Under a new rule announced by the White House Tuesday, anybody making a salary of less than $47,476 ($913 a week) will automatically qualify for overtime pay when they work more than 40 hours a week.
That's roughly double the $23,660 threshold (or $455 a week) that's currently in place.
The change -- which has been criticized as too drastic by many employers -- will go into effect on Dec. 1, 2016. It is intended to expand access to overtime pay for otherwise low-salaried workers who log long hours but have been treated as exempt from overtime because they perform some managerial duties.
Vice President Joe Biden characterized the changes as "restoring and expanding access to the middle class."
The percent of salaried workers automatically eligible for overtime has fallen to 7% from 62% in 1975. Under the new threshold, 35% of salaried workers will become automatically eligible, according to Labor Secretary Thomas Perez.
The new threshold will be updated every three years to make sure it stays at the 40th percentile of full-time salaries in the lowest income region of the country. Based on wage growth projections, that means it could rise to $51,000 by 2020.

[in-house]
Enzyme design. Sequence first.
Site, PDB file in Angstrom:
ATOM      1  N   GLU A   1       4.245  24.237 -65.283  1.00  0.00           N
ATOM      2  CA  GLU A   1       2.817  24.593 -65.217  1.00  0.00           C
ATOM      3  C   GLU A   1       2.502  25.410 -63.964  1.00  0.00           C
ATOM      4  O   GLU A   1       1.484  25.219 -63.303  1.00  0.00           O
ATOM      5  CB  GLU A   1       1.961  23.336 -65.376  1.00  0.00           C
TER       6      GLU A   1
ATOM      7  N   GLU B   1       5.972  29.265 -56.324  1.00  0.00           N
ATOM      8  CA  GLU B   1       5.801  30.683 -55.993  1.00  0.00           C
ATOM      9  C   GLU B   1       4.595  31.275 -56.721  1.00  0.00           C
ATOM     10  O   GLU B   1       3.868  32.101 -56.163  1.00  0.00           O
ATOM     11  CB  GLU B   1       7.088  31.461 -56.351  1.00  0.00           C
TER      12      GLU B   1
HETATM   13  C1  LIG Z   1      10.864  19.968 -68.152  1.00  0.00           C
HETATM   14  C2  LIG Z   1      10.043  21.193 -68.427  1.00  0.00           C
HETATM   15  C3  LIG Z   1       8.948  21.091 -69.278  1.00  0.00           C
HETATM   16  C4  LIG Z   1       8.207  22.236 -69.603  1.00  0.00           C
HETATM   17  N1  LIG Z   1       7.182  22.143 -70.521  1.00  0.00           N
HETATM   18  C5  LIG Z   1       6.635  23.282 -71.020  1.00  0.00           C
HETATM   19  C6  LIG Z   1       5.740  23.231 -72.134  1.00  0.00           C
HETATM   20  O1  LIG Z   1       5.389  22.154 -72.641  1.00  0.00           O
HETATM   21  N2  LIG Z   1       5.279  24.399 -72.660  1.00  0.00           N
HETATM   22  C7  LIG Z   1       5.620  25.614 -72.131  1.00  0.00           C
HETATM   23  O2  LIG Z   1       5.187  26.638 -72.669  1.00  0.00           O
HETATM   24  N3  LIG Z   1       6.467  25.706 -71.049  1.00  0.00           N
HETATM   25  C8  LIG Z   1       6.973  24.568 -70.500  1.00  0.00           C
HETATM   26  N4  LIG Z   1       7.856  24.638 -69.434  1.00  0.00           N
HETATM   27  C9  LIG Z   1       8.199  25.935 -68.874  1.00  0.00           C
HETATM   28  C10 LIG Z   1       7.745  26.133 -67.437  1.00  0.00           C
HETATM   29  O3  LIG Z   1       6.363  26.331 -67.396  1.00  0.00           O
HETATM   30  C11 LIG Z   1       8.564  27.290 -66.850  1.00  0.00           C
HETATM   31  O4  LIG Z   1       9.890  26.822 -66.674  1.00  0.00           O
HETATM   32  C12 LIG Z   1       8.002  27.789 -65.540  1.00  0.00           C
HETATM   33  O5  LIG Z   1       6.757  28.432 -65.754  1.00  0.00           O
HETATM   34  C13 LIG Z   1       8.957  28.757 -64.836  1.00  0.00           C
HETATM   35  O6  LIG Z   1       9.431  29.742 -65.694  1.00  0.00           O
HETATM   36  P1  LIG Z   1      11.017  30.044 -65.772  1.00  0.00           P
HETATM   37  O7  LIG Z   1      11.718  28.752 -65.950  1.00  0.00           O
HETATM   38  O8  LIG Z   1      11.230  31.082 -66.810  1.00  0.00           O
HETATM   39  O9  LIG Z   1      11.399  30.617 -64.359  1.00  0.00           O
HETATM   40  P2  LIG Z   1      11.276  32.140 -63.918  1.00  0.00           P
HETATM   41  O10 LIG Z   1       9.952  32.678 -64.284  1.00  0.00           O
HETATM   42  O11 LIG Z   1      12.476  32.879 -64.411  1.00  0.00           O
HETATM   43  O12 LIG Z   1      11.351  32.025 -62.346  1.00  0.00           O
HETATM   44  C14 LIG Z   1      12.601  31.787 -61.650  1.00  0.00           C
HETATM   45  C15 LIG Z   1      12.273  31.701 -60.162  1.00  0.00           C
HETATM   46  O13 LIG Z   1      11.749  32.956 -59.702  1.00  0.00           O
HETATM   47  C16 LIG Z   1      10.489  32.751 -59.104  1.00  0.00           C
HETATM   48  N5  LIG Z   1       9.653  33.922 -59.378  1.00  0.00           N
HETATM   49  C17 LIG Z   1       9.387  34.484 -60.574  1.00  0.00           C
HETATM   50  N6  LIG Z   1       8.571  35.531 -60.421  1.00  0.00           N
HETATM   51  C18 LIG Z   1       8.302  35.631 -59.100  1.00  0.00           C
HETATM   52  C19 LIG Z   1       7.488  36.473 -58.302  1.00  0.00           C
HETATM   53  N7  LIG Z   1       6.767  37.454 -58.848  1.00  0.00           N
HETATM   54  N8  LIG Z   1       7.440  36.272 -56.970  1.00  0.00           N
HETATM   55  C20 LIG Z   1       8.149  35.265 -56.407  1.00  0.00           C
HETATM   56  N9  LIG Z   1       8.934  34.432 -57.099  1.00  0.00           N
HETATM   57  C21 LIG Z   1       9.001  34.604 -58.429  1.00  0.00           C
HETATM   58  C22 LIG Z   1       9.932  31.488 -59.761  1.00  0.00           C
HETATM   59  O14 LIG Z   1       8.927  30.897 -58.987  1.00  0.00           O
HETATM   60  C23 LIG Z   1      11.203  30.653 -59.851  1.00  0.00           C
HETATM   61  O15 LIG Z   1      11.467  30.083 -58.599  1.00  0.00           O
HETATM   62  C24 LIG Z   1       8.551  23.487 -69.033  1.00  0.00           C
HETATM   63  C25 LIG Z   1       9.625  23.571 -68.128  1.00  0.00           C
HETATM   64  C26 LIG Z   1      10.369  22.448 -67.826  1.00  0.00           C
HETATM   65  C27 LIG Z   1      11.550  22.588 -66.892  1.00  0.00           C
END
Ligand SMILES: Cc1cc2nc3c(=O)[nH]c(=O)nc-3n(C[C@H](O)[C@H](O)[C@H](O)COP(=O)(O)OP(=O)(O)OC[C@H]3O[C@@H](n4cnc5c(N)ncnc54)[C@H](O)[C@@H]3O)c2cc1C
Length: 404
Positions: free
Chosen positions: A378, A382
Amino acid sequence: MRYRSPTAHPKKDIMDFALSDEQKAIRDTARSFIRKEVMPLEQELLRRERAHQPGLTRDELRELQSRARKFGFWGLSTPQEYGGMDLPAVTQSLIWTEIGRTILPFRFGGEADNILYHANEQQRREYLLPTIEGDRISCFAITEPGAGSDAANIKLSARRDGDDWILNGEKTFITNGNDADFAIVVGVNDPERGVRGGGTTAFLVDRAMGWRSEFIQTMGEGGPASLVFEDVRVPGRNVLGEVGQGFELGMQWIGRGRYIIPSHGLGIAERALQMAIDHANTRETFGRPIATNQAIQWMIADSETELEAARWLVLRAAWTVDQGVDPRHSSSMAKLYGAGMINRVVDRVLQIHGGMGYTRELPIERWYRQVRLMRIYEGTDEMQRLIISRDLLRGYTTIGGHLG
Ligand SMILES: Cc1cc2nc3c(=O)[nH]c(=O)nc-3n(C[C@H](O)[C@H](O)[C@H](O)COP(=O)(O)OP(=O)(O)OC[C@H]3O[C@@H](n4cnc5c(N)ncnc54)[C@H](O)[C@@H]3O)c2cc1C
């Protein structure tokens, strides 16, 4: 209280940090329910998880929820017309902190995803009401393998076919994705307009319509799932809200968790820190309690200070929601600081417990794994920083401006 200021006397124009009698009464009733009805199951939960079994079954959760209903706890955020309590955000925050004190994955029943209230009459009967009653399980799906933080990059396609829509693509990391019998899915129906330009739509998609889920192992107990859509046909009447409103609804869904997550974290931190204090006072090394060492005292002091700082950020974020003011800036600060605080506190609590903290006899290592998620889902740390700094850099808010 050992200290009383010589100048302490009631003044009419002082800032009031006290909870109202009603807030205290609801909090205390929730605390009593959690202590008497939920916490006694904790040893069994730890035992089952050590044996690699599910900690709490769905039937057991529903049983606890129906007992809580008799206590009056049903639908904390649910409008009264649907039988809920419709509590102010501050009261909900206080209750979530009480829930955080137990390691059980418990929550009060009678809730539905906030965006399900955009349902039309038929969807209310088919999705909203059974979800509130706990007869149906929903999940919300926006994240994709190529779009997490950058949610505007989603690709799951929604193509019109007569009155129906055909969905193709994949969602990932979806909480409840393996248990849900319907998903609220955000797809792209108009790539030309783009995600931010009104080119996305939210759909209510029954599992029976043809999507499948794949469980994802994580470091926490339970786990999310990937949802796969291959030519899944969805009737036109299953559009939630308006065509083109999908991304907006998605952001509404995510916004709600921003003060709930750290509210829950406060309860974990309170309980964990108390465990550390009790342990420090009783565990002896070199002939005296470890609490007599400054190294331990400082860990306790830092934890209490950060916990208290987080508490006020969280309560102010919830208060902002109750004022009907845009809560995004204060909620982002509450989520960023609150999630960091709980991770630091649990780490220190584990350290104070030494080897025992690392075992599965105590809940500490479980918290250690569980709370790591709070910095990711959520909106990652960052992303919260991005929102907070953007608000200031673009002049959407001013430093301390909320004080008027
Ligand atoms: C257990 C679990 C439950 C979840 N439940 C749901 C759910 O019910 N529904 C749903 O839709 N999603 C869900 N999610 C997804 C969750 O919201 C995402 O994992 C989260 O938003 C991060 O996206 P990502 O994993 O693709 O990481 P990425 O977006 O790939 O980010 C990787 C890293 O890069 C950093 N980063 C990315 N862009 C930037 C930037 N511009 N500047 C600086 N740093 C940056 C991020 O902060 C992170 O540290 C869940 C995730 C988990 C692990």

And it could add $12 billion a year to paychecks. This is serious stuff folks. This is going to make a big difference in the lives of retail managers, IT workers, entry level office folks, and more. Going from 7% of salaried workers getting OT to 35% is a massive win for the working class, and the salary level for OT will keep place with inflation too.
I fully expect this to be challenged in court, and of course the second a Republican president gets into office you can kiss overtime pay goodbye.
But we'll see. At the very least, employers won't be forcing salaried workers to put in 60-70 hours a week with no OT anymore. Not unless they are making a significant wage to start with.